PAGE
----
Union fight the key to stopping Liberals in NSW

Popular disgust at Labor was set to deliver another state election to the Liberals as Solidarity went to press. Labor was facing electoral annihilation on the eve of the state election in NSW. They have only themselves to blame. Labor’s embrace of neo-liberal policies accounts for their lack of support. The run down state of public transport and hospitals, as well as Labor’s efforts to boost the profits of property developers, stand as testament to their pro-business policies.
Labor’ support for privatisation (in particular the debacle over the power sell-off) is a particularly revealing example of their commitment to neo-liberalism.
Privatisation everywhere has produced increases in prices for consumers as well as job losses and attacks on workers rights, as corporations try to run services for a profit. This is why privatisation has such strong opposition from workers, Labor’s traditional support base.
The zeal with which top ministers in the Labor Party have pursued privatisation has led to the recent sale of state power assets for less than $1 billion after costs, when the government was originally predicting $10-15 billion three years ago.
On top of this, the sale involved the state supplying cheap, subsidised coal as an incentive for private buyers, angering people who want action on climate change as well as those opposed to privatisation in general. 

Liberal agenda
The Liberals have been the beneficiary as voters express their anger at Labor.
But The Liberal Party is unashamedly committed to the growth of private profit over the interests of workers. They are likely to pursue policies such as privatisation even harder than the Labor Party has. Liberal leader Barry O’Farrell has been weak over criticism of the sale of power assets because he supports privatisation in general.
He is on record saying he, “wants to open the delivery of billions of dollars of services to the private sector, starting with Sydney Ferries”.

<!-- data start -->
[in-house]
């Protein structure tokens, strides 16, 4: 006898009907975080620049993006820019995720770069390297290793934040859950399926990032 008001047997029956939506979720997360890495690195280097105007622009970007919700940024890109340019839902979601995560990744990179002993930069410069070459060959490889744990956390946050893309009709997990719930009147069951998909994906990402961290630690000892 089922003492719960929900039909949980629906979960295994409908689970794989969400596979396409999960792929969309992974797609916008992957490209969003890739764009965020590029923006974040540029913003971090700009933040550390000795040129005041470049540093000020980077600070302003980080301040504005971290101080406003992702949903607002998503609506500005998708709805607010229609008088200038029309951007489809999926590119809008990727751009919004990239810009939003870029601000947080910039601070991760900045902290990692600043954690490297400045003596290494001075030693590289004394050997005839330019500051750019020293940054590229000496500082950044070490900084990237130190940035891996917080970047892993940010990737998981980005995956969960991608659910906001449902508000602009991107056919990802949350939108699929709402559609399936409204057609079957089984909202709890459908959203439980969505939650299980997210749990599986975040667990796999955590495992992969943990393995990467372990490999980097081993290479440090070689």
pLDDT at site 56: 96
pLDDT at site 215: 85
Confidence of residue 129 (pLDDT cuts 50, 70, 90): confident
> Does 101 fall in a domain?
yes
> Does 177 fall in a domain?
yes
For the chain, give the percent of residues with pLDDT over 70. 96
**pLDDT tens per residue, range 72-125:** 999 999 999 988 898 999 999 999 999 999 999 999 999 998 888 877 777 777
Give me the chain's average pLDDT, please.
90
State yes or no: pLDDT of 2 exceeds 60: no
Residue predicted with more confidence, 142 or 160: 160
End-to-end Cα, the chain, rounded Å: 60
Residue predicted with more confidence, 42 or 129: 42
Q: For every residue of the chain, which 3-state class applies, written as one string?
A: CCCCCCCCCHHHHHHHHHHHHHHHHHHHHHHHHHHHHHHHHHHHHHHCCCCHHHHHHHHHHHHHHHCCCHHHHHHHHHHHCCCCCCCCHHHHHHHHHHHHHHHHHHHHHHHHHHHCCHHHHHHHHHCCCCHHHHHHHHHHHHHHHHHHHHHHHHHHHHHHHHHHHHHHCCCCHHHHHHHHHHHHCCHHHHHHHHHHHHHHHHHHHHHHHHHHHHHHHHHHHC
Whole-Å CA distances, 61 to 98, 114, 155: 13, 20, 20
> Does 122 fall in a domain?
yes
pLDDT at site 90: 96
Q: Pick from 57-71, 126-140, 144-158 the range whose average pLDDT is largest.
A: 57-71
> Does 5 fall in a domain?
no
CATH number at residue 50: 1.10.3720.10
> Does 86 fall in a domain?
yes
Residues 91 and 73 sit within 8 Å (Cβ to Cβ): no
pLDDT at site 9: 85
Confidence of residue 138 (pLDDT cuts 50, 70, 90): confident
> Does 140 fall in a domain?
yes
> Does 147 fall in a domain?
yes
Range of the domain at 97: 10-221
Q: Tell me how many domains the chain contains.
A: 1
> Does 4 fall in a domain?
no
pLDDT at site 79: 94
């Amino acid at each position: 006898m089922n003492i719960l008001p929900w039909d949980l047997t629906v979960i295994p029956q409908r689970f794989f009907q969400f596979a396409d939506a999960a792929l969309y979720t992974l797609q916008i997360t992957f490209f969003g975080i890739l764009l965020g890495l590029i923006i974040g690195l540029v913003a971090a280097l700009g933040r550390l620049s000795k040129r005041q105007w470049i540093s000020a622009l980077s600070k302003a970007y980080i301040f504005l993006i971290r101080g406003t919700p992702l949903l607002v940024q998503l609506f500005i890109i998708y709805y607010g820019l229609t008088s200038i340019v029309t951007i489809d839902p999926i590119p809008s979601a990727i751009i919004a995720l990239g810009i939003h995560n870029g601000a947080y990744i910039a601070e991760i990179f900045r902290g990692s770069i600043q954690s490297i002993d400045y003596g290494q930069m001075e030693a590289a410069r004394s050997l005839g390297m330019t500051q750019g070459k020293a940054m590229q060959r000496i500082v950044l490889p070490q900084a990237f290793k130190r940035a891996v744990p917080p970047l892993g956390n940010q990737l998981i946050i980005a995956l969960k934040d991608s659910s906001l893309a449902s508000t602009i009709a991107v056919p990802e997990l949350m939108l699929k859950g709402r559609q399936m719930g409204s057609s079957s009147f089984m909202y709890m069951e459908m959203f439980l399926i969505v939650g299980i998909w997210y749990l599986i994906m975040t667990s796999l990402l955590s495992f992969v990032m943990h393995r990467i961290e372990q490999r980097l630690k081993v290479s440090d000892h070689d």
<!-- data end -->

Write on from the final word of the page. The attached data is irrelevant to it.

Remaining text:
The most serious threat to the Labor government’s privatisation spree has come from the union movement. Unions stopped the attempt to privatise Sydney Ferries and Cessnock prison and campaigned against the power sell-off. Sadly union leaders wound down the struggle and struck a rotten compromise with the Labor government to allow the privatisation of power assets to proceed.
The Liberal and Labor Parties may pursue very similar policies while in government, but there is a difference in the social support base of each party. The Labor Party has links to the union movement that the Liberals do not. This raises the possibility of a fight by workers to change Labor Party policy.
A full-scale union fight against Labor’s neo-liberal policies could have pulled the Labor Party to the left and helped reverse the situation they currently find themselves in. It is a fight by the unions that is going to be needed to stop O’Farrell and the Liberals from wreaking havoc over the next four years.
A strong swing to The Greens in the election is important to show a significant number of people while being angry at the Labor Party, also oppose the Liberals from the left. The Greens represent the most progressive of the mainstream parties. They represent a left-of-Labor alternative and have a number of excellent policies, such as their opposition to privatisation.
Because of this, it is important that those interested in progressive politics vote 1 The Greens and 2 Labor. This will help give the Greens a strong showing while not helping the Liberal Party.
Disappointingly The Greens are not calling for people to preference Labor. It is clear that they have done this to avoid any association with the toxic brand that is NSW Labor. However, it does increase the risk of the Liberals getting more seats, while doing nothing to win over disillusioned Labor voters who will worry that voting Greens will help the Liberals.
While voting is important even if it is simply to express opposition to right-wing parties, such as the Liberals, of greater importance is ongoing campaign work outside of parliament. Not matter who gets voted in (and it’s almost certainly going to be the Liberal Party) it is going to take a fight by workers and those in the various campaign groups (such as groups campaigning for action on climate change) to win any progressive policies.

Ben Dharmendra


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  1. You’re right Ben. The simple solution is to put the Greens first and Liberal/National last. I think Labor needs to earn a second preference though – it will only change its tack if it knows it has to represent the people who elect it. I don’t like using personal pronouns for Labor these days. I would have called them “they” or “comrades” in the good old days.


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